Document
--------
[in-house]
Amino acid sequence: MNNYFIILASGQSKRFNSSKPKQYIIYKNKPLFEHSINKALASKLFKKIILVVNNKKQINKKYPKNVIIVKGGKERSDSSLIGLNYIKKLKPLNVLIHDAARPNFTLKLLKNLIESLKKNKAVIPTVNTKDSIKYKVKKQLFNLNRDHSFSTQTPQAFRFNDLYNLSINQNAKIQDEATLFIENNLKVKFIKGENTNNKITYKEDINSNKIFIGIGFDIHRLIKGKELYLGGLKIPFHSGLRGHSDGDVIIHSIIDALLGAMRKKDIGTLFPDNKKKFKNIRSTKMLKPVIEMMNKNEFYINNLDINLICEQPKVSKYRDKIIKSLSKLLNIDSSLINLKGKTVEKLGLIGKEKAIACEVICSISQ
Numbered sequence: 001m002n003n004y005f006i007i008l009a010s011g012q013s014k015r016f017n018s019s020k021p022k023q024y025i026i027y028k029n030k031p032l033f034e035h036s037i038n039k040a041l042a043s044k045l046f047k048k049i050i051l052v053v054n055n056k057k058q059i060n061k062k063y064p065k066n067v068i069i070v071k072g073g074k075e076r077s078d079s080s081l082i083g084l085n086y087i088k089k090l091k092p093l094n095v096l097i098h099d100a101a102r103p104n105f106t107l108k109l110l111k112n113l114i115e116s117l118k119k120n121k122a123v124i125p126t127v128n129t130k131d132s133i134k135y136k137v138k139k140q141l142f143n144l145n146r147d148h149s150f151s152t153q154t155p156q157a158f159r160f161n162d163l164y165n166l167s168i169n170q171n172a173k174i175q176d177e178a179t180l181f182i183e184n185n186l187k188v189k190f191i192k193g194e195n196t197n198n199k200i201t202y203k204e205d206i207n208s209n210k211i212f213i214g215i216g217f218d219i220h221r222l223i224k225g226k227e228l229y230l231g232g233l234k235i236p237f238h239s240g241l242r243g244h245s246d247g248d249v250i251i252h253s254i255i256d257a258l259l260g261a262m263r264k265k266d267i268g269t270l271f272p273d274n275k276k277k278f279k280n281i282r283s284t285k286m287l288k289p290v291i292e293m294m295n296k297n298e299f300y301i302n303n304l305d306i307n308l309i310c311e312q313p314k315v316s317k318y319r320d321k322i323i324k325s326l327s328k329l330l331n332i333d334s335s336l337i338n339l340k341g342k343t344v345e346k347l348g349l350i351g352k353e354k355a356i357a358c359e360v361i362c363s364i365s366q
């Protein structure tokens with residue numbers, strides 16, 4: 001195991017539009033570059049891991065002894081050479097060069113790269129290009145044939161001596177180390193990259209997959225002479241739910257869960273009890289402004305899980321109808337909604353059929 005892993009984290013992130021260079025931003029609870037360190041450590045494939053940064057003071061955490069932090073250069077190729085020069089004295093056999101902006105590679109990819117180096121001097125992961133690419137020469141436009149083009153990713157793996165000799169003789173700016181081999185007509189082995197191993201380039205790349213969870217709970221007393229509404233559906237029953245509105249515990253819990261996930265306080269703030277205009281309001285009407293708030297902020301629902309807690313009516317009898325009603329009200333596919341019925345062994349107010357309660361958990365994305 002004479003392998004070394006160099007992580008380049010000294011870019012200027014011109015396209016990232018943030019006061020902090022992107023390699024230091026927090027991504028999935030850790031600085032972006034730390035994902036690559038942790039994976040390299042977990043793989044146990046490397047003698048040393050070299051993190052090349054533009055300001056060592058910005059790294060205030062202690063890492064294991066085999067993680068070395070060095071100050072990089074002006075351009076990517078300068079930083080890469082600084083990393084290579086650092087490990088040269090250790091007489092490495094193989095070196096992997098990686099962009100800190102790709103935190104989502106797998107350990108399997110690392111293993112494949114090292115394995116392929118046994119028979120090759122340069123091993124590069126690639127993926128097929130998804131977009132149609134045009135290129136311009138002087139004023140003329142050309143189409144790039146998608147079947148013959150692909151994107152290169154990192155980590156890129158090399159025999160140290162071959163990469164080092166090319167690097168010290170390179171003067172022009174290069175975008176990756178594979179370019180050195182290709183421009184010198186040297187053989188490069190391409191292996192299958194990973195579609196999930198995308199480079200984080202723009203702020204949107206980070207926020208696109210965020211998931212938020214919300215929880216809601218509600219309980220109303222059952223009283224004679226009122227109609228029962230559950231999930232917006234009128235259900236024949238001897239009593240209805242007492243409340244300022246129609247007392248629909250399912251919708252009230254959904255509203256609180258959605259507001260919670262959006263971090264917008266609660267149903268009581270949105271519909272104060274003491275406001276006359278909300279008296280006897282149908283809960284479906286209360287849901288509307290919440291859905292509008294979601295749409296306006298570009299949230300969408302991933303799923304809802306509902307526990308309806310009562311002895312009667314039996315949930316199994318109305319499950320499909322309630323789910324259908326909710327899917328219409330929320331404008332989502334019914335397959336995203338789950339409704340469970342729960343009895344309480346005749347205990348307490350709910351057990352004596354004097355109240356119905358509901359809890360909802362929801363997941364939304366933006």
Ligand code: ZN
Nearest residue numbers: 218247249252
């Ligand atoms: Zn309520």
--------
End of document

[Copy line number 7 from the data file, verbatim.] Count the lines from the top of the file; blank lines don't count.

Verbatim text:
């Ligand atoms: Zn309520």